One afternoon, I got lost in the typical crisscrossing Hutongs in and round Guloudajie Road. I thought it best to just stroll aimlessly around those narrow alleyways and found myself surrounded by traditional one-story houses and courtyards. Food stalls, street vendors, flashy clothes stores and boutiques selling everything and anything, like leather purses, gadget souvenirs, ice cream or sugar animals on a stick, some Hutongs have now become modern tourist attractions. Some other Hutongs are still, however, hidden from the crowds in areas such as Sichahai or down Nanluogu Xiang. But don’t tell anyone!

As I started seeing fewer tourists and even fewer rickshaws, I knew I was on the right track and about to discover one of the real Hutongs, something authentic where dust and dirt would coexist with cozy little cafés and artisan creators boutiques. I had the most pleasant afternoon stopping randomly to take in the unique atmosphere of that quiet street drenched in sun, and wondered if I should buy a paper fan, some artsy jewelry, a couple of cactuses, clothes or green tea, as everything looked equally tempting.

The romantic voyager in me felt immediate curiosity when I read “Paradise Time Travel Bookstore” in Beiluogu Xiang. A wonderful coffee shop with shelves and shelves of postcards and books on the walls, the soft smell of coffee and young wood, comfy sofas and chairs, and a cat purring on a nearby table bathed in sunlight. I think I could’ve spent days there if I’d had the time, and had I been living in Beijing, it would’ve surely become one of my favorite spots.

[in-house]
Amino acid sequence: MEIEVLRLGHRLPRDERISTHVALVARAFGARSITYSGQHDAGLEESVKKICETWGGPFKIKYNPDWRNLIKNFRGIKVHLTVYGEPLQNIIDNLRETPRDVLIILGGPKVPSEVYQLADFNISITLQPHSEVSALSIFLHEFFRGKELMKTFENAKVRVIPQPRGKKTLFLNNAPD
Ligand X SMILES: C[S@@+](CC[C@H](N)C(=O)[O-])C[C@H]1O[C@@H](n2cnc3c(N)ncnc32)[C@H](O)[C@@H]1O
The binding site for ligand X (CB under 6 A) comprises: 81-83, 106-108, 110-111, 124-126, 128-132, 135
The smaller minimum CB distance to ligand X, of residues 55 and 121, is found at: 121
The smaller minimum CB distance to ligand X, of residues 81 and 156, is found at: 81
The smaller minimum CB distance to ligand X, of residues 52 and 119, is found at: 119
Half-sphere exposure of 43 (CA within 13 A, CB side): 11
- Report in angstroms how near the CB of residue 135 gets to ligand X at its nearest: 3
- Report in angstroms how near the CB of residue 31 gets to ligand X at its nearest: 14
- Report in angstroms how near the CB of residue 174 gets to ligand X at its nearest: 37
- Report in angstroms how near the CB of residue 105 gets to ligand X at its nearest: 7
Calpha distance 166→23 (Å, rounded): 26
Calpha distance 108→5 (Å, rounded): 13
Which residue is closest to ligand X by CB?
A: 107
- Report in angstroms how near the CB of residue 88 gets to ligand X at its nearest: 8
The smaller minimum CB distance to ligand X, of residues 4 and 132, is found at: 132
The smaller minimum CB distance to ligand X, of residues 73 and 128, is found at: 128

It’s also in that street, near Jiugulou Dajie, in Gulou, that Henri, Tobias and I went for drinks one evening, in a bar called 8-Bit. Didn’t look like much from outside, but as it turned out, that bar was a real treasure cave for nostalgic lovers of antique vintage video games, consoles and retro-looking computers. Pacman is everywhere, drinks are totally affordable and if the waiter’s busy, just pick a board game like the Chinese version of Liar’s Dice. We were quickly invited to an expat party happening on the rooftop and had the best time for a few hours. Would totally recommend 8-Bit on 13 Bei Luo Gu Xiang 北锣鼓巷13号 if you’re ever in Beijing.

As a modern wise man said before, if you’ve never been stuck in traffic for an hour at 1 am, you haven’t experienced Beijing. Luckily – or sadly – I didn’t have the pleasure of getting stuck in traffic for an hour, but we did have a pretty hard time finding a cab on our way back from Houhai, in Shichahai, around 1 am. Walking around the Houhai Lake under the colorful lanterns and the light strings was as pleasant as it was annoying. Between the rickshaw drivers and waiters constantly calling passersby to go in their establishment for a drink, I didn’t get any vibe of authenticity. Just that of a huge touristic business going on in a touristic area. I remember the scent of grilling meat, the flashy neon lights of a karaoke, the techno music and gogo dancers of its neighbor club, and the dimly lit rooftop overlooking the lake where we decided to have a beer.

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It was, however, pleasant to walk around in the evening, especially down Yandai Xiejie, a cute Hutong street packed with souvenir shops, expat joints and creative art stores. I went back there during the day and it was also pleasant, although jammed with tourist groups, rickshaws and organized tours. And the heat and humidity was a lot to handle in such a busy place.